Labor's Shadow Minister for Communications Michelle Rowland had four topics of conversation in mind for the public meeting held in Bellingen today, but the ABC, Australia Post and media policy got short shrift, because the hour-long session was dominated by the first topic - the National Broadband Network.
A couple of people (at least one of whom was from Coffs Harbour) said their NBN was marvellous, but they were followed by plenty of others who were decidedly unimpressed with what they were receiving.
Anton Juodvalkis said he was one of the residents in the Bellingen township pushed onto fixed wireless. He said the quality of the service was highly variable and occasionally dipped to about a third of what his family had been getting on ADSL.
Living only 6km from Bellingen towards the Pacific Highway, Adele Hemphill wanted to know why she had ended up on Sky Muster, with its high prices and slow speeds, instead of fixed wireless.
"I can't understand why we're on it at all. We're not on the dark side of the moon or in the Outback," she said.
Asked what Labor's position will be regarding urban premises placed on fixed wireless, Ms Rowland said the situation would certainly require examination after the next election, but that by that time, most of the NBN would already either be rolled out or in the design and construction phase.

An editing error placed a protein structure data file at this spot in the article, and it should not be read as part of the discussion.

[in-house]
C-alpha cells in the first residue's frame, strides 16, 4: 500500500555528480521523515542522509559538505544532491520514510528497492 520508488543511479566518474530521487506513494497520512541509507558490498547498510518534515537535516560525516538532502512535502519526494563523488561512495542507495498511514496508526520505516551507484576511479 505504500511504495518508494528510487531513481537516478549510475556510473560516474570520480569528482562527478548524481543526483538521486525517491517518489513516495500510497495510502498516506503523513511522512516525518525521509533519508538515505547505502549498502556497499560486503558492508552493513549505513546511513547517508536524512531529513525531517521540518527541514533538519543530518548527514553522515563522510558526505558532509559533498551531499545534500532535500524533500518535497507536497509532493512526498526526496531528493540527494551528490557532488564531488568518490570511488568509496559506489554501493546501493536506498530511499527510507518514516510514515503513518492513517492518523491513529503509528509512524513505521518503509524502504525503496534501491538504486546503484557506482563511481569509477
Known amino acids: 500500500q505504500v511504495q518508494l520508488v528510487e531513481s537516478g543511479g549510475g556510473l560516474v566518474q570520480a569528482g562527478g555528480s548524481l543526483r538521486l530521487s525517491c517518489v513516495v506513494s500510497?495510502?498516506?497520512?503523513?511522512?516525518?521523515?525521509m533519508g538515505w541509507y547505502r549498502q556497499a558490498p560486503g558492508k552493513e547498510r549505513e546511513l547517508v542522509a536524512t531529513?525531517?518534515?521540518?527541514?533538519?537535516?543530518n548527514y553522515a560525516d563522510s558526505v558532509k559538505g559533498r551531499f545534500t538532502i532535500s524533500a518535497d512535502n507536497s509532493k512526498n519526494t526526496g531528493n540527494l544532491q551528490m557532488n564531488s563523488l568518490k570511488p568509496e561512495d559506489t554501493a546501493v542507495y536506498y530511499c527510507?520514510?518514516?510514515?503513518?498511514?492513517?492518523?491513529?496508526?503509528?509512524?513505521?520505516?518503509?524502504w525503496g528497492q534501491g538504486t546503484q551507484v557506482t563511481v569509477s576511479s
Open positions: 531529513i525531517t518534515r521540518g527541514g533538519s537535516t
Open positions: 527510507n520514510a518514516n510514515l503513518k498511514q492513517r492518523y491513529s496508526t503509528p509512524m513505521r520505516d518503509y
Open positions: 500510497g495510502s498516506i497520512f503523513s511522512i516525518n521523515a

"That's not to say that something can't be done," she said. "It's not going to be an overnight answer, but people do want to know that there's a pathway. Maybe there is some local commitment that can be given to particular areas where you've got these anomalies."
She said that as she wasn't in government, she couldn't demand information from NBN Co to do costings, "but what I can tell you is that I fully appreciate why this is a concern. It's an equity issue."
At that point, Jason Errey made a short speech before walking out, visibly upset.
"I'm sorry, but we need solutions. There's 170,000 people in regional areas who have been discriminated against and pushed off and have no solution. I can't listen to another politician coming here and saying I have sympathy."
Jason, who lives in the Sunset Ridge fixed wireless area and has been a tireless campaigner on the issue of Bellingen's digital divide, recently won a major innovation award for his high tech business, OEMG Global.
“There’s only so much that I can say while I’m in Opposition,” Ms Rowlands said. “I’m not going to come here and promise things that can’t be delivered.”
Another person who left early after voicing anger and frustration about how the NBN was hobbling her business was Amelia Franklin, who lives on Church St within a few blocks of Hyde St, but missed out on being within the Fibre-to-the-Curb footprint by three houses.
“Instead of there being a cutting edge block-chain technology project running out of Bellingen where I live, we do all our work in Brisbane,” Amelia said.
“Which means we’re now not employing people within the Bellingen region who do have the skills that we require, we’re employing people in Brisbane. For a project that could potentially create 20 to 50 or more jobs in this area and pull in money from the whole global coffee supply chain.”
Towards the end of the session, Ms Rowland said that moving away from the Fibre to the Premises model for the NBN “would go down as one of the worst decisions in Australian policy history” but reiterated her earlier point that undoing it would not be a simple matter of changing policy, given the semi-complete state of the rollout.